I had a similar opinion of myself, in that I deluded myself that I was indispensable and irreplaceable and having accrued a large EOD and CIED database in my head, truly felt that 'going sick' would let everyone down.
Regardless of PR campaigns, there remains a stigma attached to mental health issues in the British Military, and I assume this is common in other cliquey professions. I needed a couple of near-misses for me to seek help, and it was actually of great relief that I could stop pretending.
Whilst at the time my future looked bleak, as I felt my value was entirely my experience and the contents of my head, I have since had assistance in raising my 'share-price' in other areas, so there ARE alternative if you look hard enough.
We actually know not much about Mr Lubitz, some details that point to explanations, but if he was secretly on medication, these can have unpleasant side effects, especially if he sourced them by dubious means.
I must say your post has been very enlightening.
I think it is ignorant and unfair to stigmatise mental health issues. Like a close friend of mine with whom I do some family law case would always say to me on receipt of yet another appalling and soul-destroying psych report "Ain't we all crazy?". We are human and subject to emotional difficulties - how we handle it and treat others who may have difficulties is what makes the difference. I am pretty sure if this young man felt he could still have his job despite his mental health issues, he'd probably have been more open with his difficulties and received better support and perhaps avert this tragedy. Like they say, a problem shared is a problem half solved. Having to hide mental health difficulties or any difficulties for that matter only further compounds the underlying problem! On the flip side, what is the aviation industry or any other industry to do? If someone is truly unwell to the point of incapacitation whether physical or mental that would impact on their ability to do their job, the question would be, like you rightly pointed out - "Am I that indispensable, irreplaceable?" The reality is, no one is. The world will go on with or without us - and I learnt that the hard way, as I progressed through my career.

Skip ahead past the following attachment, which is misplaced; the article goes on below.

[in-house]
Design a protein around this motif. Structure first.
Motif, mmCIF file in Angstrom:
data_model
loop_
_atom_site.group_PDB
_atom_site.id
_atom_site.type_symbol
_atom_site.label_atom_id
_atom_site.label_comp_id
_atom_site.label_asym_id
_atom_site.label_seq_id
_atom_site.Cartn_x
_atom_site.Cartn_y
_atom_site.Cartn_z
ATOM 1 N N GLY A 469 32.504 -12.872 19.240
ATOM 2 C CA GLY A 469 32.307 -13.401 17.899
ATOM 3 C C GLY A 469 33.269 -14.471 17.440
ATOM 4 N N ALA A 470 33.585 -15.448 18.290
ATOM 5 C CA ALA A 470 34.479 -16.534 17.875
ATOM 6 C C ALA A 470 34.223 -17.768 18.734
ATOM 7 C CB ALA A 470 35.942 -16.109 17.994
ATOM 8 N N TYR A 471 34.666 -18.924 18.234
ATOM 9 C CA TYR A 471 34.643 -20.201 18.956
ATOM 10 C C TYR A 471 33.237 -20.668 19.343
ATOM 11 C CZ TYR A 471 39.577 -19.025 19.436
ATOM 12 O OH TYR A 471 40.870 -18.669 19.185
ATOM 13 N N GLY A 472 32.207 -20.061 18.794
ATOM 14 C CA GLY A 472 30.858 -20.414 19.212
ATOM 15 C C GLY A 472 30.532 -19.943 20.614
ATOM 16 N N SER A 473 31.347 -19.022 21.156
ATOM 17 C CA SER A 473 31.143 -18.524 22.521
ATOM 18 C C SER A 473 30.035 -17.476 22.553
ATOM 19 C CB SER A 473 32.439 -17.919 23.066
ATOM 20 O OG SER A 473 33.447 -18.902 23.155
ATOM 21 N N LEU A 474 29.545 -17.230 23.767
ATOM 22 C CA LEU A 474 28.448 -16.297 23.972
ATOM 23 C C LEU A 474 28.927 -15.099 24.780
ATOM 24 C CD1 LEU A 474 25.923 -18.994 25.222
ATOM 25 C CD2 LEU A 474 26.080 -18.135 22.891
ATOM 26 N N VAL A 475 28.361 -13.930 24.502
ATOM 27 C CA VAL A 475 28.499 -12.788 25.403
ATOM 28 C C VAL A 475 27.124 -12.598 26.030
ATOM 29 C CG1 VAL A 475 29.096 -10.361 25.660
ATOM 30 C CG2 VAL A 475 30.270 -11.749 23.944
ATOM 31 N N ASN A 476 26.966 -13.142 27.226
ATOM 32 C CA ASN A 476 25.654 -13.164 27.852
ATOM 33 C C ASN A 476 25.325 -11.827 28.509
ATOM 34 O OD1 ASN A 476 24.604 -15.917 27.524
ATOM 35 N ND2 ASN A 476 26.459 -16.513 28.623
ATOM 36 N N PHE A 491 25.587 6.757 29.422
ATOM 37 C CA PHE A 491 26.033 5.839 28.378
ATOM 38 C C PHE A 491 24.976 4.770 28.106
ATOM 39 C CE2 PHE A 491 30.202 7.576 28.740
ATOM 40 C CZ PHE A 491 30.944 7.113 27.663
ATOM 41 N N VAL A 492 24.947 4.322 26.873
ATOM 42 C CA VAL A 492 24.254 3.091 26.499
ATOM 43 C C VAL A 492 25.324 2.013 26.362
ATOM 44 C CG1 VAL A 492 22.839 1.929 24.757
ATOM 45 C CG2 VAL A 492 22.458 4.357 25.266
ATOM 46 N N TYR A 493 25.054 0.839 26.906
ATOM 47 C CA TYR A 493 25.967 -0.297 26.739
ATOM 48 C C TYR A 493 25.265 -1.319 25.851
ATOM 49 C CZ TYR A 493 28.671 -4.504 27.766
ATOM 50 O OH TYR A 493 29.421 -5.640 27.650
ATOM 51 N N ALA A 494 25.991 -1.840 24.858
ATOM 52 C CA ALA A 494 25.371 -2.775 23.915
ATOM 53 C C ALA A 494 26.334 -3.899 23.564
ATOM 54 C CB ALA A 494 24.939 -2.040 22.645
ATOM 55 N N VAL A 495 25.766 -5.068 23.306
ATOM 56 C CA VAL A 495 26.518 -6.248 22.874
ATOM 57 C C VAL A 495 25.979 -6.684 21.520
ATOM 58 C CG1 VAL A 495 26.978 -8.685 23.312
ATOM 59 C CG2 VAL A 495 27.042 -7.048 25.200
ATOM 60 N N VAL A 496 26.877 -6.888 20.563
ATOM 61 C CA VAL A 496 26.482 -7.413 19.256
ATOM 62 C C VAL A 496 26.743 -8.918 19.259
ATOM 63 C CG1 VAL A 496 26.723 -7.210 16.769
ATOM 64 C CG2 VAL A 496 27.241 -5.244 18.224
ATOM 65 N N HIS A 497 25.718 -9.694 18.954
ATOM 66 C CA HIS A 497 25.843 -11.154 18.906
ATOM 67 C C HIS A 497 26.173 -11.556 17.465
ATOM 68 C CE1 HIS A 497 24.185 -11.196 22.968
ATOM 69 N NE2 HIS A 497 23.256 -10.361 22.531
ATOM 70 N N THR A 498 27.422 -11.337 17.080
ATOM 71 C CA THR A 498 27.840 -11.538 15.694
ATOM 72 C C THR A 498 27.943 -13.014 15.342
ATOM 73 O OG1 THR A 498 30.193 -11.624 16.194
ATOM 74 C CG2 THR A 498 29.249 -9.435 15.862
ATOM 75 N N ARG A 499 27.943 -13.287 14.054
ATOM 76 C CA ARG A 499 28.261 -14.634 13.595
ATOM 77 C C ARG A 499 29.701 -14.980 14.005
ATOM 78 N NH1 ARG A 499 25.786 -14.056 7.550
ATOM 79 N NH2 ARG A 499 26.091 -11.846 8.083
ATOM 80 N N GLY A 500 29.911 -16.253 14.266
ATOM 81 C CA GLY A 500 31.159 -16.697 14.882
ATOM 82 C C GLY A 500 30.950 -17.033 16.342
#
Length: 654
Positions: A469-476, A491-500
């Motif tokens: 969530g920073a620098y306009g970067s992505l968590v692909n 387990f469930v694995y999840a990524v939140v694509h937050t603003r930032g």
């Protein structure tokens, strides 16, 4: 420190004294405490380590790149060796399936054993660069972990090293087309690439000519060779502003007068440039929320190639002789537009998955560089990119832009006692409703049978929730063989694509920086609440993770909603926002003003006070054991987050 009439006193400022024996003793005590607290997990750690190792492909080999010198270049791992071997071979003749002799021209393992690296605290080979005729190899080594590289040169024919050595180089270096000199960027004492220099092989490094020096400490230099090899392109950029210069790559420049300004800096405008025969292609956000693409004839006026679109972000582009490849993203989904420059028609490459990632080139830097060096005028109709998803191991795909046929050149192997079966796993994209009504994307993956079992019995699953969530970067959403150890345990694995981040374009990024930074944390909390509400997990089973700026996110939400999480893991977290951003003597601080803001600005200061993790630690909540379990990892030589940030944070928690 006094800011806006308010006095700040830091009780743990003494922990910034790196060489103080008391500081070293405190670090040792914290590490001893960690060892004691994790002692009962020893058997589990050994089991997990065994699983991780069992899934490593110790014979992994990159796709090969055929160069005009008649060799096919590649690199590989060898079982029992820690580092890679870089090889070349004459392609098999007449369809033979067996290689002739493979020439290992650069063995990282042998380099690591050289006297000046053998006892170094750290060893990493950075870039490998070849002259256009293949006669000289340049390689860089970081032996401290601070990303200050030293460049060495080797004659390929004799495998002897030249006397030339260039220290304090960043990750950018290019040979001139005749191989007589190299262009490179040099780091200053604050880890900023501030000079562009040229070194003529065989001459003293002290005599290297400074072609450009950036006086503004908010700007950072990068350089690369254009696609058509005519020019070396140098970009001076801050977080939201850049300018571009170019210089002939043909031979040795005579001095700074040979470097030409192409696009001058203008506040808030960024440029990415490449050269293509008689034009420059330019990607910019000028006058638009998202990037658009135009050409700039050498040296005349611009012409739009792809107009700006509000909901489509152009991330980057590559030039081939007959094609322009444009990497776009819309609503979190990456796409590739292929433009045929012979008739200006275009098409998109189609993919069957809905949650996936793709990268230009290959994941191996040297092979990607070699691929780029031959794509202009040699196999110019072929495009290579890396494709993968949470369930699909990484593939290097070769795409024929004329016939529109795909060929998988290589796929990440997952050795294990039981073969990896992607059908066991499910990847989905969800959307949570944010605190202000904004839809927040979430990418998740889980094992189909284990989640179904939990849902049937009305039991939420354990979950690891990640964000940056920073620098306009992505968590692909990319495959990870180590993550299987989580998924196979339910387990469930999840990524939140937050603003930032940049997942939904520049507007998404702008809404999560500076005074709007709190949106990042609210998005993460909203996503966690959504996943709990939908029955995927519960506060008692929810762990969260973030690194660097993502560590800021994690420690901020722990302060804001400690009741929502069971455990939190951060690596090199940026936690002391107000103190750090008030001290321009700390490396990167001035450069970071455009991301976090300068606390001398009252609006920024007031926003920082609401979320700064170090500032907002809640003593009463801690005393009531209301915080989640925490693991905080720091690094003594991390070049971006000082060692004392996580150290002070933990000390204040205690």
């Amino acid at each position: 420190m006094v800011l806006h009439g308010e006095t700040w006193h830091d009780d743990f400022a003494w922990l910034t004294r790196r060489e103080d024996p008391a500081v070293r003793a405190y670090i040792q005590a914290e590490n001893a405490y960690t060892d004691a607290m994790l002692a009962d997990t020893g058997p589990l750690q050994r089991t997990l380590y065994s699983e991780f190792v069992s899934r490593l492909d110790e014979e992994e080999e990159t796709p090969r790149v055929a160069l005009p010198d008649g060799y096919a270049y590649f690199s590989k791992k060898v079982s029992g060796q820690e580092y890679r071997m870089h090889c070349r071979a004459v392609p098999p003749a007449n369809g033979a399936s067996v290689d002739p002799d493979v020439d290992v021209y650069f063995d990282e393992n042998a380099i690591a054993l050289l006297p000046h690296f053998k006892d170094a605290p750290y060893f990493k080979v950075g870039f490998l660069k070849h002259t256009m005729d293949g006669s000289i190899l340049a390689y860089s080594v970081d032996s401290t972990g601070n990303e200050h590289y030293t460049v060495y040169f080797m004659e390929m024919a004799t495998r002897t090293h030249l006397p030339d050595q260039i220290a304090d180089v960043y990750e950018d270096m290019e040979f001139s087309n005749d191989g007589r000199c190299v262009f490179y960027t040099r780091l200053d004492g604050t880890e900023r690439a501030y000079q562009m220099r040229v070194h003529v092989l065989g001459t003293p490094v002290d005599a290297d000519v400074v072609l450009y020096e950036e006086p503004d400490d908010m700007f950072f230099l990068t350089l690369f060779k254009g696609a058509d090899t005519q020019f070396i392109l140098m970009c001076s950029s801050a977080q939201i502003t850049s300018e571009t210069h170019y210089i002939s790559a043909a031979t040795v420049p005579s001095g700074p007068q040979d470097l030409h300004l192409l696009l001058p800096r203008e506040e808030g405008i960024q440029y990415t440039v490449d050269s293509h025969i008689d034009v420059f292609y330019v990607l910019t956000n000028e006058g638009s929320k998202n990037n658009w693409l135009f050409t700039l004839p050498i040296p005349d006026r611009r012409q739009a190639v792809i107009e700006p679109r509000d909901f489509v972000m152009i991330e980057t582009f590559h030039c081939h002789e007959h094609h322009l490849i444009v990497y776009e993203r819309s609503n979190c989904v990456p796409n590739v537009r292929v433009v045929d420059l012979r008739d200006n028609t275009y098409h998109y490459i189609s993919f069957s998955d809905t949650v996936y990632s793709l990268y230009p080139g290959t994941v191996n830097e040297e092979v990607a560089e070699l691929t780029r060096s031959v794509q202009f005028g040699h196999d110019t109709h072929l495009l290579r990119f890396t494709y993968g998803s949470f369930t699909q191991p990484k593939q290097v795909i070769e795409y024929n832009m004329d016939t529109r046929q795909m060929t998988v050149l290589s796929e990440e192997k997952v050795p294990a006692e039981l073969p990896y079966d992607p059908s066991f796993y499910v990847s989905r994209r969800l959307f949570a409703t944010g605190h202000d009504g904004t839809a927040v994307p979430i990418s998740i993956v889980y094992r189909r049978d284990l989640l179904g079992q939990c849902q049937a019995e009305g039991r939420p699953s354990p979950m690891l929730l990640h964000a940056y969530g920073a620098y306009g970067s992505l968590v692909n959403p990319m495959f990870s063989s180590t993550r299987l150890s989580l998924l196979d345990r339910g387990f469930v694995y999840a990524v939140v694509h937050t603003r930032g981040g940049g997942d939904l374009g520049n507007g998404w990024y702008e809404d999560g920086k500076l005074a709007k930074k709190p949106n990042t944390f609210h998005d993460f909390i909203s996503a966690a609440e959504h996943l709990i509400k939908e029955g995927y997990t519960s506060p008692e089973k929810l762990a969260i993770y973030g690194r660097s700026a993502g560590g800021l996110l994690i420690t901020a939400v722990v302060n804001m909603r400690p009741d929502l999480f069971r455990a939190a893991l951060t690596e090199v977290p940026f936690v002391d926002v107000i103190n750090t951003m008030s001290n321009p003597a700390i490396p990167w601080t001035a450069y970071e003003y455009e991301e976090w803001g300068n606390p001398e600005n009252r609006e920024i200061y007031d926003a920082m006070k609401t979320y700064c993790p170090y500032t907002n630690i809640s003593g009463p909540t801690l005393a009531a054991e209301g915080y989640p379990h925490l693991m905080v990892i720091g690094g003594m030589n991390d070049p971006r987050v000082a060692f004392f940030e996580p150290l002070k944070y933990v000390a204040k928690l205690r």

The added pressure brought on Lubitz from his perceived need to hide his issues from his employers could have been an added catalyst. I see this a lot in court proceedings where good, normal parents come into litigation regarding their children and a few years or months down the line having being subjected to unjust scrutiny, innumerable assessments, and unbelievable violation of their human rights, we start to see these hitherto perfectly normal folks break down and disintegrate and have mental health issues that they never had before they were shoved into the pressure cooker of the family court. In these fragile states, these parents will either have to learn to hide their anxiety disorders, depression, PTSD etc which are brought on by constant harassment from Social Services etc - and this includes hiding these symptoms from their doctors which means no treatment or medication is ever prescribed and therefore no evidence of mental health issue is ever recorded in order not to lose custody of their children or tell the truth to the family court and they will immediately be punished by the permanent removal of their children for adoption! In the end, if the litigation is protracted, something always, always gives! We have as a result had very avoidable tragic outcomes where murder/suicide involving infanticide becomes the outcome in a handful of these cases. If the approach was less punitive and fairer, the outcome is always positive. I have had numerous uphill battles where I successfully argued in order to differentiate between psychological/emotional difficulties brought on as a result of vexatious/malicious litigation and underlying serious psychiatric conditions that may undermine good parenting. In each case, the problems are magnified with the inability to openly share one's difficulties fearing that what one loves the most (in this case children) would be removed as a result of this difficulty. So this problem is not restricted to professions only, it spans through the various spheres of human life, societal expectations/misgivings and it all boils down to lack of knowledge/understanding of mental illnesses. It is a fine line and a balancing act but I hope some lessons can be learnt from this tragedy.